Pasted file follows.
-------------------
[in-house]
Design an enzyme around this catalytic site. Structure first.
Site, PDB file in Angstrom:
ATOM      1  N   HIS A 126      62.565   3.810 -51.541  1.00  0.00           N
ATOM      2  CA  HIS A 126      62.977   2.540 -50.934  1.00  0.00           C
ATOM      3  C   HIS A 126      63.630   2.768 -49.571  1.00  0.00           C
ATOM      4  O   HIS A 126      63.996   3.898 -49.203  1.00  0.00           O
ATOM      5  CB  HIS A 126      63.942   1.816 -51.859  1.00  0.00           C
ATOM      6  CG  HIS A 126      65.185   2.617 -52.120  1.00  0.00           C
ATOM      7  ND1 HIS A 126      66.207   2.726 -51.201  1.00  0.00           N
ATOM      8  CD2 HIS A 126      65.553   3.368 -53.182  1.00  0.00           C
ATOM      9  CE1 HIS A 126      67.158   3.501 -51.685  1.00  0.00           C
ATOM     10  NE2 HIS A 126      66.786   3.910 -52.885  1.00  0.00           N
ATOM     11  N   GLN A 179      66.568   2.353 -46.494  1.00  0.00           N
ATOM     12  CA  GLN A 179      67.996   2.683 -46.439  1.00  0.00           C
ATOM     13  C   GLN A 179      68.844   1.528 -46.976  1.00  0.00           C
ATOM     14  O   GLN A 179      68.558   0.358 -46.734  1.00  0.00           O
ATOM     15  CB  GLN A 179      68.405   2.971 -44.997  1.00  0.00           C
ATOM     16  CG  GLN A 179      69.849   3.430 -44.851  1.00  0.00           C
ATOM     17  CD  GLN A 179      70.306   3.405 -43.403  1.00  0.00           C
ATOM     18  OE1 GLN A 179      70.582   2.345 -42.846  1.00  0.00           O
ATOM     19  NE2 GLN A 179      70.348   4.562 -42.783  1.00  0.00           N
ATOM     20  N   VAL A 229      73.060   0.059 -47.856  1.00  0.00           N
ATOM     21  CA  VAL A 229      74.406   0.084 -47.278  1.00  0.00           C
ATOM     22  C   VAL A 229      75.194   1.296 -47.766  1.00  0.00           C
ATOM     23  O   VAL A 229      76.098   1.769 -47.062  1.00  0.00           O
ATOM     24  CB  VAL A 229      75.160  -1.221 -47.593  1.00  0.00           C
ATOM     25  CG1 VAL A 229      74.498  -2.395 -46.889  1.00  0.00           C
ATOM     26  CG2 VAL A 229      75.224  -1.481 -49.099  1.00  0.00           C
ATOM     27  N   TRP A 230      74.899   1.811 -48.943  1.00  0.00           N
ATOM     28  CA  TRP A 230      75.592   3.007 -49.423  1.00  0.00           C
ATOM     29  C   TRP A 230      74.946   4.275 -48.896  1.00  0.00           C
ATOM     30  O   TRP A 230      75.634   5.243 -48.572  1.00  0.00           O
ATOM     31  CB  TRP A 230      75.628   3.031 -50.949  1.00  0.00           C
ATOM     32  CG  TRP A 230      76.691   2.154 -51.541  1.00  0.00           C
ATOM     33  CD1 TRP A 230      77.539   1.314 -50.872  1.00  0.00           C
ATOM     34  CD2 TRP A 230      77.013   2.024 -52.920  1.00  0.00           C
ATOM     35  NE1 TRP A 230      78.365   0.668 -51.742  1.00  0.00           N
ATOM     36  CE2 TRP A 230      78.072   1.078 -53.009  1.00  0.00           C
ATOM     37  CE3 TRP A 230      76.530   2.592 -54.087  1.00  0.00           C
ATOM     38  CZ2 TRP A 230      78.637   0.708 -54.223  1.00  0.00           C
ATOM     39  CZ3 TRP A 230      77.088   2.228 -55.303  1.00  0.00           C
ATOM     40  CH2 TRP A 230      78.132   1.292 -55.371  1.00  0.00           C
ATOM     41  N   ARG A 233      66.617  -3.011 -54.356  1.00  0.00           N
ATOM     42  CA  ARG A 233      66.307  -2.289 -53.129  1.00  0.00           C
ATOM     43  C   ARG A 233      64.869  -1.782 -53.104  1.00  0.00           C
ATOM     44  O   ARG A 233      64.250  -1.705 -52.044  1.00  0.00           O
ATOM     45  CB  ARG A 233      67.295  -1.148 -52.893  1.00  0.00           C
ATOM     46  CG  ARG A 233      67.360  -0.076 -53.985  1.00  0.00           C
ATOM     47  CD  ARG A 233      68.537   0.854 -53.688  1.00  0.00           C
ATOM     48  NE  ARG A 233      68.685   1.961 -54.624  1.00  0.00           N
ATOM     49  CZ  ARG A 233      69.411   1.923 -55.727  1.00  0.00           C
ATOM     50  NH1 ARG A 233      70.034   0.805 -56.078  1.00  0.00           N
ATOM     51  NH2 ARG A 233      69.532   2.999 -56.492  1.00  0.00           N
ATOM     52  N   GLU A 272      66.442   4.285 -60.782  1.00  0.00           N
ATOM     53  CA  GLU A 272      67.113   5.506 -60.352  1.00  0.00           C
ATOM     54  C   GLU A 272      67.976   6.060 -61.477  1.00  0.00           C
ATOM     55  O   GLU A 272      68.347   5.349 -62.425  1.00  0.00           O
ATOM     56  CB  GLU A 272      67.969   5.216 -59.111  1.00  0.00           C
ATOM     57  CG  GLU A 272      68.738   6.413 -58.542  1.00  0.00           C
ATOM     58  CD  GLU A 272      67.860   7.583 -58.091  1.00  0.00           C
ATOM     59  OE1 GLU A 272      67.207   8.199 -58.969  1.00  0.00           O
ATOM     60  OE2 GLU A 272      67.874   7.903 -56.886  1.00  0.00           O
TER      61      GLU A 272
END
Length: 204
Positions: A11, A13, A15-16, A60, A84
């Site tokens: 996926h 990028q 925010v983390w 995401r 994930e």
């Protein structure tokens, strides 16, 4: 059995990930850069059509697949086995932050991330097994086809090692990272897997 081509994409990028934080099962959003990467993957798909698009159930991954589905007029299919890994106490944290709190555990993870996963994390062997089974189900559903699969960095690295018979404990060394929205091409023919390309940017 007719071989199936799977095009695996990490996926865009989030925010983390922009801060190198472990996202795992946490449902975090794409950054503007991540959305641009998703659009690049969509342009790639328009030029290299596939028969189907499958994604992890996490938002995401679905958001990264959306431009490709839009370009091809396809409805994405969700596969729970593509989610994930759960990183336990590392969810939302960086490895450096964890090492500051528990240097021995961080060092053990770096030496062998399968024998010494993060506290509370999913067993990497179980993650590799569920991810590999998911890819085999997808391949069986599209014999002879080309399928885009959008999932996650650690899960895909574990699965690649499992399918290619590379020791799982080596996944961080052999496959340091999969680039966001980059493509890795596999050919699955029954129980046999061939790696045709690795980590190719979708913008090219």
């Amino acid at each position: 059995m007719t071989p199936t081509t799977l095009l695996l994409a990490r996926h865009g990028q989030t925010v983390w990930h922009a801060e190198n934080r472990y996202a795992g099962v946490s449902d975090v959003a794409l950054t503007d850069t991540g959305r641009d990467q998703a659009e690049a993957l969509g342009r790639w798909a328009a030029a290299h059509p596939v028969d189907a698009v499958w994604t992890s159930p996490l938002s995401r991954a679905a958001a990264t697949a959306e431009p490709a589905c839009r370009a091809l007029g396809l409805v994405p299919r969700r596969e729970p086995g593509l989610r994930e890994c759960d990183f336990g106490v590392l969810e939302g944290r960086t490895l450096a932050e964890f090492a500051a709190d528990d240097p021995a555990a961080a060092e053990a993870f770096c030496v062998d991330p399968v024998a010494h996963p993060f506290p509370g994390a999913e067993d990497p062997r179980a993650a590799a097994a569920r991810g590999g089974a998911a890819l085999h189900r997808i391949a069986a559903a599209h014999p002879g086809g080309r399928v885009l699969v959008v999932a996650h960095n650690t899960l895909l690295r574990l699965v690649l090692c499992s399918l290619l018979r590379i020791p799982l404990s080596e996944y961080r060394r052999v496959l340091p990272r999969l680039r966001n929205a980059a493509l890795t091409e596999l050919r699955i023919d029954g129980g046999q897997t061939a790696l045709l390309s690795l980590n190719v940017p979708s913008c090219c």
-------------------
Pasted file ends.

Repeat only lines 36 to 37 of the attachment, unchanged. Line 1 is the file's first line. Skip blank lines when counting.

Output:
ATOM     33  CD1 TRP A 230      77.539   1.314 -50.872  1.00  0.00           C
ATOM     34  CD2 TRP A 230      77.013   2.024 -52.920  1.00  0.00           C